Sunday, 10 July 2011

Sites and Sounds

Last Monday saw the launch of the Sites and Sounds project in Norfolk. This will see musical practitioners including singers, instrumentalists and beat-boxers going onto traveller sites in order to share their skills with the young people who live there. The launch took place at County Hall, the seat of regional government, a 1960's Brutalist edifice, outside which had been placed a vardo, or traditional gypsy wagon. I wish, now, I had taken a long shot to show the incongruity.

The keyboard club of a local primary school bashed out 'Wagon Wheel' with the assistance of some of the team of tutors, yours truly contributing an alto sax solo towards the end. We must have played this three times for various visitors and dignitaries. The band included a handful of traveller kids but most travellers are away at this time of year. Travelling of course.

Other tunes, with the children accompanying on various percussion, included 'Dark Eyes' the theme to the movie 'Chocolat' in which Johnny Depp plays a gypsy. You can probably tell by now that neither diaries nor the budget had allowed the members of our impromptu band the luxury of a rehearsal and we fell back on common repertoire.

Being the parent of daughters, dolls houses are not unfamiliar to me. I even had the misfortune to assemble the Barbie caravan as a kit (nothing fitted and I spent Christmas Day cursing under my breath while my friend built his son the immaculately engineered Lego castle). But I had never before seen a proper doll's caravan. These are used in schools with a traveller intake in order to make the environment feel less alien to very young children.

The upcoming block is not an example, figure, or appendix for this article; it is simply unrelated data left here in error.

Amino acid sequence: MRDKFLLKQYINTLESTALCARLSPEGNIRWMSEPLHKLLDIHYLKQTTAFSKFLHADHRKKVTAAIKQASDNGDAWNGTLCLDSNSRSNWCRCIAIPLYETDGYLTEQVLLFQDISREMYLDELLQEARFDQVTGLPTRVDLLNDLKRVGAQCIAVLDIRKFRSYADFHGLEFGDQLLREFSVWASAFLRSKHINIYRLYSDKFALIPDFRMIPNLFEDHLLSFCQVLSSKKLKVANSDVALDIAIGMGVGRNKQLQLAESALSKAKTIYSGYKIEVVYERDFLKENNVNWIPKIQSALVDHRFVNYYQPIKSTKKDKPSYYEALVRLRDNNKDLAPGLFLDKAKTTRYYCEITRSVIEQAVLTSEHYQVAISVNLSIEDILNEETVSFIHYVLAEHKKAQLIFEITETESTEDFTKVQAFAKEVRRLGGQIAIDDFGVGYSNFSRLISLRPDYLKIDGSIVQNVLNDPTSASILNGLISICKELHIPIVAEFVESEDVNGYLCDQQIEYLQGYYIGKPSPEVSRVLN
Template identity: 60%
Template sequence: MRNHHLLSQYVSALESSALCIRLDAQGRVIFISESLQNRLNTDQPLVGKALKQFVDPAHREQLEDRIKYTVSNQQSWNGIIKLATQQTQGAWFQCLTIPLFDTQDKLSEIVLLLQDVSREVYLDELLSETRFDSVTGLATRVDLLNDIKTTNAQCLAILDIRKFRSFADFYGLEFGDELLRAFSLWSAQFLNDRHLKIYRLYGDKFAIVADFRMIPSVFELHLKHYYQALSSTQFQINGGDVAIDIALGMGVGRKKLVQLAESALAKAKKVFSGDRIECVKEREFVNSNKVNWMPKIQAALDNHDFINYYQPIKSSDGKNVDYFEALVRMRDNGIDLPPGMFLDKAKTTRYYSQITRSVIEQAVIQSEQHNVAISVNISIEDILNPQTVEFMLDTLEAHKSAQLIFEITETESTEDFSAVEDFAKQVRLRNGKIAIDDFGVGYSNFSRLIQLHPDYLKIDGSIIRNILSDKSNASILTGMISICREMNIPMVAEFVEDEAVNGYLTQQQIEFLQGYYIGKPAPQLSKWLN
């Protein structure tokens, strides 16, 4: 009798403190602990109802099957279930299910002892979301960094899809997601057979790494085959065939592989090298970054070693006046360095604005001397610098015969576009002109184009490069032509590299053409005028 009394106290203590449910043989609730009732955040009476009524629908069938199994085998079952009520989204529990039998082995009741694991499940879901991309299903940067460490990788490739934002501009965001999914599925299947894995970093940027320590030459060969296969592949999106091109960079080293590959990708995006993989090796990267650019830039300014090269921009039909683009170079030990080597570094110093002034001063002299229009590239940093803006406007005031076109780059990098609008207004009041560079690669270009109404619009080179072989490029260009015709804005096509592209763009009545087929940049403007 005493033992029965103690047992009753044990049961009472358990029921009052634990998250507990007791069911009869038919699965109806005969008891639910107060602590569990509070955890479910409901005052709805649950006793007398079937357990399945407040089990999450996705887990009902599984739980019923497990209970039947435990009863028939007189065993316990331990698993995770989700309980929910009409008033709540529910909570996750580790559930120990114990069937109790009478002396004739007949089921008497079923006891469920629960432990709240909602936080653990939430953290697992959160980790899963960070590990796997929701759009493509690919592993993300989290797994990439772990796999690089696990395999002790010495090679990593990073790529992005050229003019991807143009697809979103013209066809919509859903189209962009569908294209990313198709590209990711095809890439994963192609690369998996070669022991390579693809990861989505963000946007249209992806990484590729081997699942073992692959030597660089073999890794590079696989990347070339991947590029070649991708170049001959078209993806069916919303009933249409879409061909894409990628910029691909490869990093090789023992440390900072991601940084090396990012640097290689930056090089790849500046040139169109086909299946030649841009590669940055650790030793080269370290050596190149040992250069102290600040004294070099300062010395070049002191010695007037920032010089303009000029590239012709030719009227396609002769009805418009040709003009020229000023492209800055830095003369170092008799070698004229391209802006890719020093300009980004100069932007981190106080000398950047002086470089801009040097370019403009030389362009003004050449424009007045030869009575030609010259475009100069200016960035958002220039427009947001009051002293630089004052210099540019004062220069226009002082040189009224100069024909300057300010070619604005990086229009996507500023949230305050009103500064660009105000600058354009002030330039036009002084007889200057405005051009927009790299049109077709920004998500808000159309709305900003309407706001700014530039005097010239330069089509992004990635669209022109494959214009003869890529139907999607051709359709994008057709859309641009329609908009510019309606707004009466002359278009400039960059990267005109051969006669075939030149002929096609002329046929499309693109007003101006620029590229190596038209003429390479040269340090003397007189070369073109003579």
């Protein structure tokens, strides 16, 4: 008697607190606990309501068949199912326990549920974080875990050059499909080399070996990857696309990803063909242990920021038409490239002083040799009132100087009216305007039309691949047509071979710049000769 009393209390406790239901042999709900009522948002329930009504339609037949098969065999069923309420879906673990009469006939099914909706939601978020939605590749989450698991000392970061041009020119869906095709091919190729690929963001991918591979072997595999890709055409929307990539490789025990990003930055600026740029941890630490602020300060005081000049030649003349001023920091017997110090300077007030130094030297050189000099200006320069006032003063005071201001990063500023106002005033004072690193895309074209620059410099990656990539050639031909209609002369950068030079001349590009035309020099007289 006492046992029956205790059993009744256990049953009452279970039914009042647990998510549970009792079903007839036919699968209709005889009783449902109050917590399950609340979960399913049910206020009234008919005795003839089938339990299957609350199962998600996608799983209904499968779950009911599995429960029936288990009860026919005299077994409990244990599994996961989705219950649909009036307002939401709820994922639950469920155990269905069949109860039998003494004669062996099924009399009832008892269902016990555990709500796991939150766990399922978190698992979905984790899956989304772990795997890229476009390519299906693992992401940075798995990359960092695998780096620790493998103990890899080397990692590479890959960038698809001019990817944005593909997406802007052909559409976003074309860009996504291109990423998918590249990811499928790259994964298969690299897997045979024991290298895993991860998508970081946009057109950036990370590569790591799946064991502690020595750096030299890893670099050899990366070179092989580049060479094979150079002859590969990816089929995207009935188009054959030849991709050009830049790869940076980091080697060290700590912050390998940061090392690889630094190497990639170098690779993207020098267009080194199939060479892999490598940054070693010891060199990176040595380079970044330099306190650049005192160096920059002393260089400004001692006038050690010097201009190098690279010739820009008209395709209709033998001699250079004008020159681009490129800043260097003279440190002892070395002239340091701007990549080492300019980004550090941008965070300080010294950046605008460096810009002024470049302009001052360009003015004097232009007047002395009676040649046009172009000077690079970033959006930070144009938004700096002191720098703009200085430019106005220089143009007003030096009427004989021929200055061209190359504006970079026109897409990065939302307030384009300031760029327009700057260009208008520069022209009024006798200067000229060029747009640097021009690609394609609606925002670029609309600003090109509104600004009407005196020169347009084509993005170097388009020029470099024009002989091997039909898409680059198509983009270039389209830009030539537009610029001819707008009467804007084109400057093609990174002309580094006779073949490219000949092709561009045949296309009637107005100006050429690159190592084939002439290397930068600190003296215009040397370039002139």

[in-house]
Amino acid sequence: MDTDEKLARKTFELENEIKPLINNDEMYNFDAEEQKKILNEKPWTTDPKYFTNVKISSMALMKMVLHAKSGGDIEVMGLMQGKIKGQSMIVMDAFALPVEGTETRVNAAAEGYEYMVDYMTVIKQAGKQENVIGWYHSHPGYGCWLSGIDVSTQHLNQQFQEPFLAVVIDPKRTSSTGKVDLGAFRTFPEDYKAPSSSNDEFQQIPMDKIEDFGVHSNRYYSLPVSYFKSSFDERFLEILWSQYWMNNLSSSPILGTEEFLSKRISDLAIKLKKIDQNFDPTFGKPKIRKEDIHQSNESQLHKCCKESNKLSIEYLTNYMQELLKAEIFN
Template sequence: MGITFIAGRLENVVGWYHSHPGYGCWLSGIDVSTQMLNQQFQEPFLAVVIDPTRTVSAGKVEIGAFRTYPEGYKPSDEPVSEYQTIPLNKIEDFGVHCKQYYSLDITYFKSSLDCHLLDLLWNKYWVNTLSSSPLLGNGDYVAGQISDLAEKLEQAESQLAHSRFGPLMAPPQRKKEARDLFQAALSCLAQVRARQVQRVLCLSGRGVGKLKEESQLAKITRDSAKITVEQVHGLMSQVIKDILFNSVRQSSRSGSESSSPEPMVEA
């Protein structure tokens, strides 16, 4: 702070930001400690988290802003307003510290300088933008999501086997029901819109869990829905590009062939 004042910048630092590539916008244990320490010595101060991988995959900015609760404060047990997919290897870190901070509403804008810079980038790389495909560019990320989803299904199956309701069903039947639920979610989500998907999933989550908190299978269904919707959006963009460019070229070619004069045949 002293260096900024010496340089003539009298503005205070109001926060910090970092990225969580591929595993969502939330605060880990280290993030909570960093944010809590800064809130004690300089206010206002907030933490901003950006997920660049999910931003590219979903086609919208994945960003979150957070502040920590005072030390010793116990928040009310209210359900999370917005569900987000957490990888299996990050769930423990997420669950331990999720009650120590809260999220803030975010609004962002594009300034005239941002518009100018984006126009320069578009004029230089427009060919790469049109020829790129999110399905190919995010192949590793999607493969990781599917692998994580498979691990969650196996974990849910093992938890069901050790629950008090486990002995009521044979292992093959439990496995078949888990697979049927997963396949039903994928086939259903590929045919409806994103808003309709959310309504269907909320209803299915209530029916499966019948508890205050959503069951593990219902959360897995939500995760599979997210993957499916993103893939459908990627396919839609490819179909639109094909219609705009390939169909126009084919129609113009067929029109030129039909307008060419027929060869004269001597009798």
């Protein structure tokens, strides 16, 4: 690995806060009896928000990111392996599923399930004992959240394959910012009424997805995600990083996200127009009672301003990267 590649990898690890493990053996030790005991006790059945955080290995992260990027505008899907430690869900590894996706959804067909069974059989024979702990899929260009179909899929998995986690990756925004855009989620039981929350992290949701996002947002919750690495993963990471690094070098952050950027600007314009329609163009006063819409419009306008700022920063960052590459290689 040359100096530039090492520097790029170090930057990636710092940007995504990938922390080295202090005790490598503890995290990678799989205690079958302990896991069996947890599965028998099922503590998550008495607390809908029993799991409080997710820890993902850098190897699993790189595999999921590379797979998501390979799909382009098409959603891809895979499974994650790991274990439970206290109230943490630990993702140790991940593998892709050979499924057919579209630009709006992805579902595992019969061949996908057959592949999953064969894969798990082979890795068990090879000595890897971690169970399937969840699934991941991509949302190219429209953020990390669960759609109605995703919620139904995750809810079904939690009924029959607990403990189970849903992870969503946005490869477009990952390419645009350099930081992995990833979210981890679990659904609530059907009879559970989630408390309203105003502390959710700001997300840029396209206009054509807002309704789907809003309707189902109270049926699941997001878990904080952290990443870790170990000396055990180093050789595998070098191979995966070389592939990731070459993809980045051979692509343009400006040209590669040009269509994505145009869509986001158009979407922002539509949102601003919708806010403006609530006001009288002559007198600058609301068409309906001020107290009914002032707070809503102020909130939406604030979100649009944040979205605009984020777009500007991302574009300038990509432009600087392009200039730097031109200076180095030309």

The project proper kicks off in the autumn and I shall post my impressions then.


  1. That sounds like a fun project, and the vardo is amazing.

    I wonder if there is a conclusion to be drawn about innate gender differences, from the Barbie caravan kit being impossible to assemble, whilst the Lego castle is immaculate?

  2. I think it certainly reveals attitudes to gender within the culture of a certain toy manufacturer. Mattel seem to think that girls don't care about build quality as long as the goods are made in plastic of the correct shade of pink. Had it not been Christmas Day and had I not been 300 miles from home I would have marched into the toy shop and demanded a refund. I subsequently found better built, European (or at least European designed and specified) toys for girls.

    I still have a large box of Lego bought in Holland in about 1960. It had a girl and her younger brother on the front. Lately I think the company has aimed its product rather more at boys.